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The follow definitions are used in the description of the cleanup technologies

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bedrockA general term for the rock that underlies the soil and water table. It may hold some water either because it is fractured or is porous.
bench scale testA laboratory test in which a small version of the technology is built and evaluated.
biocideA chemical poison used to kill bacteria and small animals and plants. Biocides are commonly used in paint for ships and in piping systems that are constantly exposed to water.
biodegradationDecomposition by natural biological processes
bioremediationProcesses that use living organisms (usually naturally occurring) such as plants, bacteria, yeast, and fungi to break down hazardous substances into less toxic or nontoxic substances.
biosensorA device that uses living organisms, such as enzymes, tissues, microbes, and antibodies, to produce reactions, which are then analyzed to detect the presence of a chemical or chemical reaction.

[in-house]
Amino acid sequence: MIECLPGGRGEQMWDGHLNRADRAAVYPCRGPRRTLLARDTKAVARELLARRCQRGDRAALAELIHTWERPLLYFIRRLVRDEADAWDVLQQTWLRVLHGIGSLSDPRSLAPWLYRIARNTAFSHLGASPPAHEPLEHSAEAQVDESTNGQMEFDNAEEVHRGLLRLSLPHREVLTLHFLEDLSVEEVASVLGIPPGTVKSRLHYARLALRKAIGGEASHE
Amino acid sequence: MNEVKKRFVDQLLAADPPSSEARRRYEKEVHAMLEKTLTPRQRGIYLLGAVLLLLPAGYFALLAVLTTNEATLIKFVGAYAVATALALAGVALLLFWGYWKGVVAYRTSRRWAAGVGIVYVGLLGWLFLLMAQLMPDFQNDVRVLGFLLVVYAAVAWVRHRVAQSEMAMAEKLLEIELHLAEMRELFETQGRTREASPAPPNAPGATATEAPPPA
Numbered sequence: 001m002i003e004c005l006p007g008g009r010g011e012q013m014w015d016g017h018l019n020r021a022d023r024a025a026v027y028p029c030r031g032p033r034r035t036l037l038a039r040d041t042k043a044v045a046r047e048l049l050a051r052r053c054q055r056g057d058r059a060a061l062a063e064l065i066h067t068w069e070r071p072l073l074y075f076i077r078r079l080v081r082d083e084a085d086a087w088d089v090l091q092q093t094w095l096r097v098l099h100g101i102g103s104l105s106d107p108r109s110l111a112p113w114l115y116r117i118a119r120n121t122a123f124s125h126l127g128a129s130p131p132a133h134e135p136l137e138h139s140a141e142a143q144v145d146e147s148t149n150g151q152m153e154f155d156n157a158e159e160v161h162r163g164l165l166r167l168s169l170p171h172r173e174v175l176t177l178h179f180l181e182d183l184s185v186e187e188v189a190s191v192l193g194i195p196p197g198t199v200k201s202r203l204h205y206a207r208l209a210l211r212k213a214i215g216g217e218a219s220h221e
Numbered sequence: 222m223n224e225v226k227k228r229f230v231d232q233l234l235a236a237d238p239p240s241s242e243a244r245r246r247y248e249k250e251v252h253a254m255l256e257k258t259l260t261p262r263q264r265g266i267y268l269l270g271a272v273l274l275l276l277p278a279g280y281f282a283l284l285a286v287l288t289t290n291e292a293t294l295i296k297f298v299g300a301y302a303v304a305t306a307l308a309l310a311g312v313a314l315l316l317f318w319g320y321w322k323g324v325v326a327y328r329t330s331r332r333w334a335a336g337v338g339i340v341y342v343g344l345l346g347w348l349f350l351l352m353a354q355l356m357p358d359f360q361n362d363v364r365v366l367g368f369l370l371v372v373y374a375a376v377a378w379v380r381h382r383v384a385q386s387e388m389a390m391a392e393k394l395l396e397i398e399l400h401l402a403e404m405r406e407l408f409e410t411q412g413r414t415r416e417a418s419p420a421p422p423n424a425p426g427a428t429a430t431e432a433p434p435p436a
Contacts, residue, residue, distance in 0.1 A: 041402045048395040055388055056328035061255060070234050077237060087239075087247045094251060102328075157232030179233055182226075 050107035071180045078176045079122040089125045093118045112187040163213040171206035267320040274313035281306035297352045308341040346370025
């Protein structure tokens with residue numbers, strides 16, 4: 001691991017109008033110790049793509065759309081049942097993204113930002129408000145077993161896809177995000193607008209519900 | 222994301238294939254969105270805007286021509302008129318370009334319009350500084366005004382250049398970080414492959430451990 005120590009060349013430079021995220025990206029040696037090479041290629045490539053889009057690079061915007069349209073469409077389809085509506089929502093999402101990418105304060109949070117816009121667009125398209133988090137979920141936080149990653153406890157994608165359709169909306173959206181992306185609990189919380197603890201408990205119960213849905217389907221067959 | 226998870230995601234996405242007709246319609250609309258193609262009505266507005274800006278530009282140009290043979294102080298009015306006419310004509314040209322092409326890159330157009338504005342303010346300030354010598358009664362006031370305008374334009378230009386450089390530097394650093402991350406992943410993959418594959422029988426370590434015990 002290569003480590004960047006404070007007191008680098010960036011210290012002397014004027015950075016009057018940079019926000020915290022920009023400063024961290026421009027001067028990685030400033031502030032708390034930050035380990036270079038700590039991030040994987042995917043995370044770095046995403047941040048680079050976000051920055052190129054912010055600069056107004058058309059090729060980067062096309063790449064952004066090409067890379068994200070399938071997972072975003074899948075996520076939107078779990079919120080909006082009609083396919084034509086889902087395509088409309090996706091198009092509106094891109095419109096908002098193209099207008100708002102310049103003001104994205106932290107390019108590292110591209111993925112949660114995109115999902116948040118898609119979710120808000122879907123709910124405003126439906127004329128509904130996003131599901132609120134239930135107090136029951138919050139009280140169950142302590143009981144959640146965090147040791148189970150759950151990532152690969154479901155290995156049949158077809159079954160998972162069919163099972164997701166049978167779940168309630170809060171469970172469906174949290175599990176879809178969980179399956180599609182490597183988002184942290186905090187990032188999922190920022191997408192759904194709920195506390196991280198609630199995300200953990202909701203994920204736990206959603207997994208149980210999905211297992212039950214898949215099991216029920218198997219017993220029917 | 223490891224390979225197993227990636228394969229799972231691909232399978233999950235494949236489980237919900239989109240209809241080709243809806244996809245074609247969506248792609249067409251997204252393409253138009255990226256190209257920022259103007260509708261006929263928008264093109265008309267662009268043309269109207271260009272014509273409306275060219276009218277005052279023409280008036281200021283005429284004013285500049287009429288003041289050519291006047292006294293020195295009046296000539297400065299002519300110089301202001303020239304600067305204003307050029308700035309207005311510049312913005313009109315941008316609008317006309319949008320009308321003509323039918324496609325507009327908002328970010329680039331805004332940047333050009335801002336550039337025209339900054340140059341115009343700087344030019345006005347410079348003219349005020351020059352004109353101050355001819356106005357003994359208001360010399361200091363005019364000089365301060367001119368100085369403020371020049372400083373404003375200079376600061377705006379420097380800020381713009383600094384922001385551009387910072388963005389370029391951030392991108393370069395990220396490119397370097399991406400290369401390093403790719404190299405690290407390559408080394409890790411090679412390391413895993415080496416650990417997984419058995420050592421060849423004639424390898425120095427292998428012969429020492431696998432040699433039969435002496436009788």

biotic layerA layer in a landfill cap to prevent animals from burrowing through the cap.
bioventingA remediation technology that enhances bioremediation of soils by providing oxygen. See technology description of Bioventing.
boreholeA hole cut into the ground by means of a drilling rig or an auger.
BTEXBenzene, Toluene, Ethylbenzene, and Xylene. These are aromatic volatile organic compounds commonly found with gasoline and other petroleum fuels.

Note: A majority of the terms and definitions are based on the U.S. Environmental Protection Agency's Brownfields Innovative Technology Glossary . Some definitions have been modified/enhanced to support the Tech Tree text.

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This page was last updated OCTOBER 26, 1998
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